My God! The image of Hello Kitty has miraculously appeared during the toasting process! Come on, that's just awesome.

If Hello Kitty were a religious icon, my house would be loaded with the devout right now. Luckily, it's just full of me. Eating cute toast with eggs.

Coming soon: I Swear I Had Some Marmalade in Here: An Apartment Recovers From the Dry Toast Incident

19 January 2007

You Win This Round, Roadrunner

I went to Albuquerque over the long weekend to see my lovely friends there, including but not limited to Cari and Shamsi, and to get one more day of snowboarding in before resigning myself to four months in the desert buried in books, a.k.a. the Spring semester. The trip was fantastic. I have no pictures to post, because the lady with the hard case for her camera was designated photographer, and she has been somewhat indisposed. I think she's fallen into a decline because I left.

The expectation was set high before I even got on the plane in Phoenix, because as I was waiting on line for security screening, I noticed a series of placards next to the carry-on baggage x-rays indicating you should not board with guns, knives, cans with flames coming out of them, or bombs.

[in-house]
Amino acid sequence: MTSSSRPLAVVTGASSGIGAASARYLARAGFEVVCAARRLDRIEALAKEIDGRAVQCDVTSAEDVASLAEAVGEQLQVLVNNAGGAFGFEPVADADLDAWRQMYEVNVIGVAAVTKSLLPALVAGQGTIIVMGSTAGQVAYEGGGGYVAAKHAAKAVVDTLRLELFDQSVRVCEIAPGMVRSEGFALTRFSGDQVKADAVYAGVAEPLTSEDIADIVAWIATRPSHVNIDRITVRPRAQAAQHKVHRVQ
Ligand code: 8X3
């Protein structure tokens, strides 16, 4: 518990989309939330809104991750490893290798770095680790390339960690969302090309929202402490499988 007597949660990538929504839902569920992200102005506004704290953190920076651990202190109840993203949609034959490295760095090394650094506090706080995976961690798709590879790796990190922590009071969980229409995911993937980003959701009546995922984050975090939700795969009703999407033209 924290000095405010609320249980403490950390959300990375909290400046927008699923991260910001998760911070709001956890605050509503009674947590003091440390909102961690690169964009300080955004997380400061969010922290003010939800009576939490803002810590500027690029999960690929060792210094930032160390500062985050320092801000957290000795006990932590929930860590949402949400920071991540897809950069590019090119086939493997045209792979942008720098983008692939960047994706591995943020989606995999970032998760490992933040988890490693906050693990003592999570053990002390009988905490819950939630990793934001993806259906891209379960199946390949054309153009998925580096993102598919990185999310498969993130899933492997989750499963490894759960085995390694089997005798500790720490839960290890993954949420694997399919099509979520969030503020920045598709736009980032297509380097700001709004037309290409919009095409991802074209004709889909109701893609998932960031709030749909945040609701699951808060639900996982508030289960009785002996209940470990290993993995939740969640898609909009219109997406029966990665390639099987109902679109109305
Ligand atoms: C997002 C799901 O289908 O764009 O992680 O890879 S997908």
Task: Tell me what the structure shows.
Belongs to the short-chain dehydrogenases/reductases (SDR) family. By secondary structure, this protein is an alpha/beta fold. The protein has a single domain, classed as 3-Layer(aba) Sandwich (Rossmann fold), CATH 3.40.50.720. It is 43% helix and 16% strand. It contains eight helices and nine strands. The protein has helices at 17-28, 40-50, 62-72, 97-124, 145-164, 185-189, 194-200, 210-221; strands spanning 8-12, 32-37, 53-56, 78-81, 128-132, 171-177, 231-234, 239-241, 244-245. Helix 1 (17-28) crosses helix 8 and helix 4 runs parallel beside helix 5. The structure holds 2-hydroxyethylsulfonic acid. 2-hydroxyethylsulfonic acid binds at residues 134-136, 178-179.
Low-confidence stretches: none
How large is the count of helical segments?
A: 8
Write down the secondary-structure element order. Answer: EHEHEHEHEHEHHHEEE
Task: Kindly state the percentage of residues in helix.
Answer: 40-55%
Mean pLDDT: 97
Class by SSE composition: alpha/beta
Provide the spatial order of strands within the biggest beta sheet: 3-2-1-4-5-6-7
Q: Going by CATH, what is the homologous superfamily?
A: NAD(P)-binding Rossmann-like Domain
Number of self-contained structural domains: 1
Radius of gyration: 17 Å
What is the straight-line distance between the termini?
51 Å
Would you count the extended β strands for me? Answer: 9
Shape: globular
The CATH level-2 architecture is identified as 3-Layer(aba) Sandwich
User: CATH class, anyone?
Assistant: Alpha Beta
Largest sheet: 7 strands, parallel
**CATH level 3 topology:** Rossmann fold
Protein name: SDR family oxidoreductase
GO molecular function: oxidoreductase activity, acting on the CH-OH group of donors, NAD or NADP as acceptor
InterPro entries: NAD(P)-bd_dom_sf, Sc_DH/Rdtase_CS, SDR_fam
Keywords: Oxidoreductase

Much to my delight, they were rendered approximately like so (I didn't take a picture, because I'm pretty sure there are few quicker routes to the little airport jail than using a camera near security installations):

Fortunately, I am neither Boris Badenov nor Wile E. Coyote, and so had no cartoon bombs in my luggage.

14 January 2007

You Don't Get a Picture of the Costume

A conversation about ElfQuest this week led to a fit of nostalgia -- my college roommates and I loved these graphic novels our sophomore year, even each dressing as a character for Halloween -- which led to this quiz:

You are Nightfall; the strong one!

Coincidentally, this is also the ElfQuest character I dressed as.

Not coincidentally, I am a huge geek.